The best bar in Ispra (and probably around) is San Martino. Alex the bartender (sorry, I couldn't help make a Misfits pun here) is a great person and a very good bartender. Ask him for his cocktail recommendations and, naturally, tell him the Romanian sent you! You pay rather much on a cocktail, but usually it comes with a full plate of food. Sometimes it is easier (and cheaper) to eat there in the evening.

The work

Now we get to the real deal. You've learned about how to live in Ispra, or how to at least survive, you've learned where the town is and what and where to eat and drink. Those are my favourite past times next to being on the Internet, so it figures. But what about the work? What about the thing that I came all the way from Romania for, leaving my wife to wait for me back home?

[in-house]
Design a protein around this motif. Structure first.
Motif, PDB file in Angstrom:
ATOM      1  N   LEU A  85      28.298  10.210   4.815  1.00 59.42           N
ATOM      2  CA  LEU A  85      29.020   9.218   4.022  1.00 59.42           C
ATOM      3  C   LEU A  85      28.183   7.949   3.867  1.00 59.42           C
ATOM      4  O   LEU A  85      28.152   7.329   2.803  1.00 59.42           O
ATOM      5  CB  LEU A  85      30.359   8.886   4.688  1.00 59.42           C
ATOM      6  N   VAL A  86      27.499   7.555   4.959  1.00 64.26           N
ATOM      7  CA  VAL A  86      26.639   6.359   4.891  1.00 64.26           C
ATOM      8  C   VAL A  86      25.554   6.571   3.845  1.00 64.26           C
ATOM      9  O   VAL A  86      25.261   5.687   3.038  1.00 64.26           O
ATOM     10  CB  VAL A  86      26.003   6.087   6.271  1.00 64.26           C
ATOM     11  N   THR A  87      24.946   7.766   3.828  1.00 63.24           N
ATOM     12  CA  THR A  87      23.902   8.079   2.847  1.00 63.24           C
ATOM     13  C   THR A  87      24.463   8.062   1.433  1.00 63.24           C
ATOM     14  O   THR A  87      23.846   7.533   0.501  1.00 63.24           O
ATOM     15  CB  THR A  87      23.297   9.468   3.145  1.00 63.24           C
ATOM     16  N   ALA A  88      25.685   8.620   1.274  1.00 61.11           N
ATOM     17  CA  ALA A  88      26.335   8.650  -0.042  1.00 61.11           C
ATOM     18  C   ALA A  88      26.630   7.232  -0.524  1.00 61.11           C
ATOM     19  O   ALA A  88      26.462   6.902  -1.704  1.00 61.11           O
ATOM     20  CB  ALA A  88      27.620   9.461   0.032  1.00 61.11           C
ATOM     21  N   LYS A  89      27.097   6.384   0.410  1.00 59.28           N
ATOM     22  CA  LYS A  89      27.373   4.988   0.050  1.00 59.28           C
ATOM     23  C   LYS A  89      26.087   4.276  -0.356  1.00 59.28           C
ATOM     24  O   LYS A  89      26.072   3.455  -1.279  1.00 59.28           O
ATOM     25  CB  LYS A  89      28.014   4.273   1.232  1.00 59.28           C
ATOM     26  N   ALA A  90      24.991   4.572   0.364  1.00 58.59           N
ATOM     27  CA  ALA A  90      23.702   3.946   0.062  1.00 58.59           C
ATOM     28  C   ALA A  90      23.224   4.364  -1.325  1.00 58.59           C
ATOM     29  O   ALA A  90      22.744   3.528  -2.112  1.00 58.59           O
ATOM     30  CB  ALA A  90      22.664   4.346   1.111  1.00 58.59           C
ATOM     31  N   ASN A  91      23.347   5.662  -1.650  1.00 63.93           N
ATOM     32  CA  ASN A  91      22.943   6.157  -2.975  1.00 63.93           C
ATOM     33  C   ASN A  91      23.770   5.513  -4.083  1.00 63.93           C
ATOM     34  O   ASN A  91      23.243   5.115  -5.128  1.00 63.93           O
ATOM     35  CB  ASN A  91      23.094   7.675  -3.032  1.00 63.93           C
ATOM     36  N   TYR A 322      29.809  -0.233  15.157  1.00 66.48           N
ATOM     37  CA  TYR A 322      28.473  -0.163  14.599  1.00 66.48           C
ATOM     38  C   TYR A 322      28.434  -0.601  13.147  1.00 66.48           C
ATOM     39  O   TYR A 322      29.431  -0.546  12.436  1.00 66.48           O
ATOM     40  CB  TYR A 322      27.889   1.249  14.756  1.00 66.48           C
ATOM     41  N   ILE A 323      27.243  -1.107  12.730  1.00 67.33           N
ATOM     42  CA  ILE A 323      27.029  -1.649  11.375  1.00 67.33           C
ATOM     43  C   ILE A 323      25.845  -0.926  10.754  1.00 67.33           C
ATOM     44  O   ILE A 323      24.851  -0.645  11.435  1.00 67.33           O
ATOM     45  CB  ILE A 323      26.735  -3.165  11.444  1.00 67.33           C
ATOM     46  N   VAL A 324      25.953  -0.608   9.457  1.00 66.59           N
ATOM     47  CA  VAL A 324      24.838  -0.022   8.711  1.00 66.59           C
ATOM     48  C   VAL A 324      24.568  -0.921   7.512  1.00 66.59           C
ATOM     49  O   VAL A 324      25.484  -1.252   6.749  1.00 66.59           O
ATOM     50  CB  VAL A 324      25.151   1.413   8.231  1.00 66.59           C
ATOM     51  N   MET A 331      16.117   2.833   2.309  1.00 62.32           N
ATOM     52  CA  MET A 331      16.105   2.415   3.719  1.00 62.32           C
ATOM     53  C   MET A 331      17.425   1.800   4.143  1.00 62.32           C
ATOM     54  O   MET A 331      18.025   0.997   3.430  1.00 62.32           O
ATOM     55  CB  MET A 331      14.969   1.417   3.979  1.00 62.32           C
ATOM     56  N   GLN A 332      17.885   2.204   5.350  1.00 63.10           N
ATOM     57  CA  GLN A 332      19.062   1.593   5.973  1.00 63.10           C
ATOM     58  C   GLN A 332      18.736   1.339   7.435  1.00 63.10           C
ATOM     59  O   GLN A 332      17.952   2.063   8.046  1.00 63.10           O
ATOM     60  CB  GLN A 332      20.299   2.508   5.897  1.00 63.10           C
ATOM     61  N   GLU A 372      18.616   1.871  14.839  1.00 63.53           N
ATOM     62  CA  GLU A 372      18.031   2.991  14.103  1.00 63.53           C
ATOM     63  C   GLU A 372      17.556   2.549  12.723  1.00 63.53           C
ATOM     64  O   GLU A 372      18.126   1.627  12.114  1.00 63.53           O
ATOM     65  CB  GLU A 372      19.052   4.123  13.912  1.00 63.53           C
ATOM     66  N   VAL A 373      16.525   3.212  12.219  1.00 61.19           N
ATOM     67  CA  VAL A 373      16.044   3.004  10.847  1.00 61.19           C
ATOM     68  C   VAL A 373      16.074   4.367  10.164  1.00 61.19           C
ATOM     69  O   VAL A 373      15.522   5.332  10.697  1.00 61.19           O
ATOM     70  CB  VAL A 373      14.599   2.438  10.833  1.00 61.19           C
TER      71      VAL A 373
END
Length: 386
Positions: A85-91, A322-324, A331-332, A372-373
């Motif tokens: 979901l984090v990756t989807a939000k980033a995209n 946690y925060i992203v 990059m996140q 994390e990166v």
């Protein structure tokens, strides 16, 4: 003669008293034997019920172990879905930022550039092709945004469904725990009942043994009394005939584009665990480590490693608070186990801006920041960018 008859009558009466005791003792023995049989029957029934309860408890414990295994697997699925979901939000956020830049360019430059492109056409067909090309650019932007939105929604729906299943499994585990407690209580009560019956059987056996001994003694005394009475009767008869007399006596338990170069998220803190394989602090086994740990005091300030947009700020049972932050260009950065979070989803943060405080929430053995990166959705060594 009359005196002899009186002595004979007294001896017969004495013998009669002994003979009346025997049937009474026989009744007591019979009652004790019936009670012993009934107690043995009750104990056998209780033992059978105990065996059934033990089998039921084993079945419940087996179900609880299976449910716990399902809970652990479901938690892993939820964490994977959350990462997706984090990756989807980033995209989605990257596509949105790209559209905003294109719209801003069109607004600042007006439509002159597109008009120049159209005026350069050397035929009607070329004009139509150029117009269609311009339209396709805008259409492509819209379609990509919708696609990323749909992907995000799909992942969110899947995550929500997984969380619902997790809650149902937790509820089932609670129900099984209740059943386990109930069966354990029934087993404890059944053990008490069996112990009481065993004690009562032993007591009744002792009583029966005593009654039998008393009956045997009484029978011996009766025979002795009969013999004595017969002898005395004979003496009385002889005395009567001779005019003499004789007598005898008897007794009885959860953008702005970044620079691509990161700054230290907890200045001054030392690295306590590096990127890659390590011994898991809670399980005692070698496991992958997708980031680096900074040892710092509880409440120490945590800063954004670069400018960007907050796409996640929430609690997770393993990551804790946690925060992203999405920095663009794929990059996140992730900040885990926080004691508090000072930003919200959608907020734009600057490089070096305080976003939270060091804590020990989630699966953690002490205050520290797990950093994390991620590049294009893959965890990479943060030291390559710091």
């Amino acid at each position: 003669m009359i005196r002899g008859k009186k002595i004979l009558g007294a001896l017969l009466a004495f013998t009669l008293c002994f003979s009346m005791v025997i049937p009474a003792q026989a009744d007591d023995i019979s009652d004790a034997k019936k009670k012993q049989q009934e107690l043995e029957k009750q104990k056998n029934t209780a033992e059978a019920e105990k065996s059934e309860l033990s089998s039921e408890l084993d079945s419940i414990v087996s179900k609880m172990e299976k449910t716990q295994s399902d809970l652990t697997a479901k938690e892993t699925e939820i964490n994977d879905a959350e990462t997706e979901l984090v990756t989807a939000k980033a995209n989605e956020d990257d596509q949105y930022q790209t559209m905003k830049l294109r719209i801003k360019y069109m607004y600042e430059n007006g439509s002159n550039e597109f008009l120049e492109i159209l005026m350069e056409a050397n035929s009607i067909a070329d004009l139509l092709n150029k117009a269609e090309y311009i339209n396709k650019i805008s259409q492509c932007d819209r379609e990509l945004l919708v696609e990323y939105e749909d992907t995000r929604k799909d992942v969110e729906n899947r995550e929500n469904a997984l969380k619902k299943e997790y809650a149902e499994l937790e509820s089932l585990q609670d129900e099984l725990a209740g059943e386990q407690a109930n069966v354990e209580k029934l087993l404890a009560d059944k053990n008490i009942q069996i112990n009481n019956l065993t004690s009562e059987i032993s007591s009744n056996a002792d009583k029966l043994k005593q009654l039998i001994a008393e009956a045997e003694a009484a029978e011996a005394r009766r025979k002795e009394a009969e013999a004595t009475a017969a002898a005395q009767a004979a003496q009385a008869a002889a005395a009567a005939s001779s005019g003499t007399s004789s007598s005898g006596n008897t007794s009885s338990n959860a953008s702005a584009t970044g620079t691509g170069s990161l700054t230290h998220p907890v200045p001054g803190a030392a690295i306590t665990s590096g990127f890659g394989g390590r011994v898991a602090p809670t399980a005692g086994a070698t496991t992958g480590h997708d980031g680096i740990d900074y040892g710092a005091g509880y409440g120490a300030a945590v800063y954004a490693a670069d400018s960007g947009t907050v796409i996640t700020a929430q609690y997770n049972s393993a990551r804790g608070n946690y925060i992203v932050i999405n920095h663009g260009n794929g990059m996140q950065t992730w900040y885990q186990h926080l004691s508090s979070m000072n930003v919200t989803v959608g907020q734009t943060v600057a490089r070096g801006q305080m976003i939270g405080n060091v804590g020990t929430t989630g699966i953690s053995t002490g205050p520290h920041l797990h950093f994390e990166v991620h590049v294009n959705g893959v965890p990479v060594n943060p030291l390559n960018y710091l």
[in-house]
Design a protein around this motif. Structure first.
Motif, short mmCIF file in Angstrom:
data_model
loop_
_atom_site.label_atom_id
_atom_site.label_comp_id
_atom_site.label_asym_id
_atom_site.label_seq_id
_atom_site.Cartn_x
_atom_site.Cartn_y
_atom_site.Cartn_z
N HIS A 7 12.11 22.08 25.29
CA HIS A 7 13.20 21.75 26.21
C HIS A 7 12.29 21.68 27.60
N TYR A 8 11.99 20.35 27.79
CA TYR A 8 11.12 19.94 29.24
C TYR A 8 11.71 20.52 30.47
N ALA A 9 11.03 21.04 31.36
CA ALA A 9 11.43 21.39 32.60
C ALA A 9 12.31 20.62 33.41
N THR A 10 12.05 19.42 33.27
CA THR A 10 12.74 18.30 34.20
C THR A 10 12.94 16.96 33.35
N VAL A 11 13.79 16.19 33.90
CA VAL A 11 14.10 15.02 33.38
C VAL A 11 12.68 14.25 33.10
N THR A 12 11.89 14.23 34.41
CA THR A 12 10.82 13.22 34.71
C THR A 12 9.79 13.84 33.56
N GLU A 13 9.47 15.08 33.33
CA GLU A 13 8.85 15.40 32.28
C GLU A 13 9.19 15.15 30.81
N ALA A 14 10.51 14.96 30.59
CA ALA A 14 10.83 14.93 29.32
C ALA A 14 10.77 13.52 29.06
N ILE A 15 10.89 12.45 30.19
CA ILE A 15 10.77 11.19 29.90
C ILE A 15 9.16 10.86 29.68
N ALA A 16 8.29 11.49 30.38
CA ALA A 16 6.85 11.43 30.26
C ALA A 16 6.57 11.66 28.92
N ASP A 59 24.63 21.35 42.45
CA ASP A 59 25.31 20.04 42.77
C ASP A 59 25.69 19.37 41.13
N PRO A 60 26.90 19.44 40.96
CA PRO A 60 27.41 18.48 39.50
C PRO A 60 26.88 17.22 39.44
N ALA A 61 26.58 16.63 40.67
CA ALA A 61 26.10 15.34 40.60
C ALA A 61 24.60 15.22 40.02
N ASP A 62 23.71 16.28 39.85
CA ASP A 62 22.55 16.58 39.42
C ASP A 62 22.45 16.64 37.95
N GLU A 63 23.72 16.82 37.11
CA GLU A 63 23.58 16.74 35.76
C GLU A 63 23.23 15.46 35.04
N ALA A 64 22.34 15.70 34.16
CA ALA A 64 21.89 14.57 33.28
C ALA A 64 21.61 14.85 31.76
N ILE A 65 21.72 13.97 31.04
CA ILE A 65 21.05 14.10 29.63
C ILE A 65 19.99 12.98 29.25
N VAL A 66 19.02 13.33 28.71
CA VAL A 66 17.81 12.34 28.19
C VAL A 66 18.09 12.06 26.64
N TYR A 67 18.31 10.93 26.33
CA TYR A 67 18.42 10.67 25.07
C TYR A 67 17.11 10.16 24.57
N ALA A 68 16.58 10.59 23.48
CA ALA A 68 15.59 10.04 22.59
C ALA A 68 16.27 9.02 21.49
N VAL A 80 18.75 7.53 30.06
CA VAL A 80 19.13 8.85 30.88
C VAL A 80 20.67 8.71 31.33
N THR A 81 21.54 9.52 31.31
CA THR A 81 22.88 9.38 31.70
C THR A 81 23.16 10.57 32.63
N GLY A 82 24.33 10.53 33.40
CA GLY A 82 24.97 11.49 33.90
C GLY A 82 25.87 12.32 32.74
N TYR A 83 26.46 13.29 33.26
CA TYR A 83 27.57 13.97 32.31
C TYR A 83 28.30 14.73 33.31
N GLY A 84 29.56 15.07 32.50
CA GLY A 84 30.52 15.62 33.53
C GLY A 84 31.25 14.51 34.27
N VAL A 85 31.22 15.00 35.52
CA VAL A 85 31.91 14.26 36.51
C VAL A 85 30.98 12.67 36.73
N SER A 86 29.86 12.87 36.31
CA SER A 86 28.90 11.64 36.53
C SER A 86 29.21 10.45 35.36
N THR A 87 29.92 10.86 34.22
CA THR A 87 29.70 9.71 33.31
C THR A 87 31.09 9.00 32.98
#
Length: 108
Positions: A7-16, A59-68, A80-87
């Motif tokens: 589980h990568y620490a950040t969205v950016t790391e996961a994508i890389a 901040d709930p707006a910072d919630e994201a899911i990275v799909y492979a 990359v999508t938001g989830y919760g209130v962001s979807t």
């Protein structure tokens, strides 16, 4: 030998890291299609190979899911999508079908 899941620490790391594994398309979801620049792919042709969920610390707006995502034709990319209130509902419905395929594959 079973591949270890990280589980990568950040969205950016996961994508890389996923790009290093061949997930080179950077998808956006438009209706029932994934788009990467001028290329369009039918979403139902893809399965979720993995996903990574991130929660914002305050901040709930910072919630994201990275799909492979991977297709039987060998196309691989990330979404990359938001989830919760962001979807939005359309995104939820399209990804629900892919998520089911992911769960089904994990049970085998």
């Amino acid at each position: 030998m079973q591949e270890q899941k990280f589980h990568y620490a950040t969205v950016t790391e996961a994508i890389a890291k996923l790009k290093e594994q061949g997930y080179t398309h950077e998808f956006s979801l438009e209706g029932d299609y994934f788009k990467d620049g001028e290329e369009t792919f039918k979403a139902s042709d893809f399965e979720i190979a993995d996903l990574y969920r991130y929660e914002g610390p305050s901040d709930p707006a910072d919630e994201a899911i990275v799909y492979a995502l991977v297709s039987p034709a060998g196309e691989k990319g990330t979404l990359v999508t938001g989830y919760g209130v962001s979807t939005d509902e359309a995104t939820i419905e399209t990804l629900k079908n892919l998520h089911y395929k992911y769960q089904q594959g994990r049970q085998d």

The first positive thing about the work was already said: the JRC looks like a park. Now, you need to know that will not last. Why? Because of the reason why it was done like that. You see, when I first came in, my first thoughts were of the sci-fi TV show Eureka, where a guy inadvertently finds himself in a town where the US has secretly stashed all the brilliant scientists, an enclave of knowledge and magic like science where everybody, without exception, was exceptional (see what I did there?). When I saw the vast green of the place I thought some brilliant workplace architect imagined the best way to place buildings in order to maximize the well being of the people hard at work inside the JRC. Well, no. The JRC was home to a nuclear reactor. That is why there is so much security and that is why, wait for it, the buildings are so spread out over a large distance. In case of a nuclear accident, this would allow people to get a lower dosage of lethal radiation - statistically, of course; the nearest people would be screwed. In fact, now that the reactor has been decommissioned, they are building these huge office building like structures that they plan to move everybody into in the near future. These buildings are not only ugly, but they are not even functional: offices have too few power outlets, you get no cell reception in the middle of the building and they are going for the "transparent office space" thing, where anybody from the building can, with little effort, see what you are doing and what's on your screen. But yeah, it is still a positive thing so far.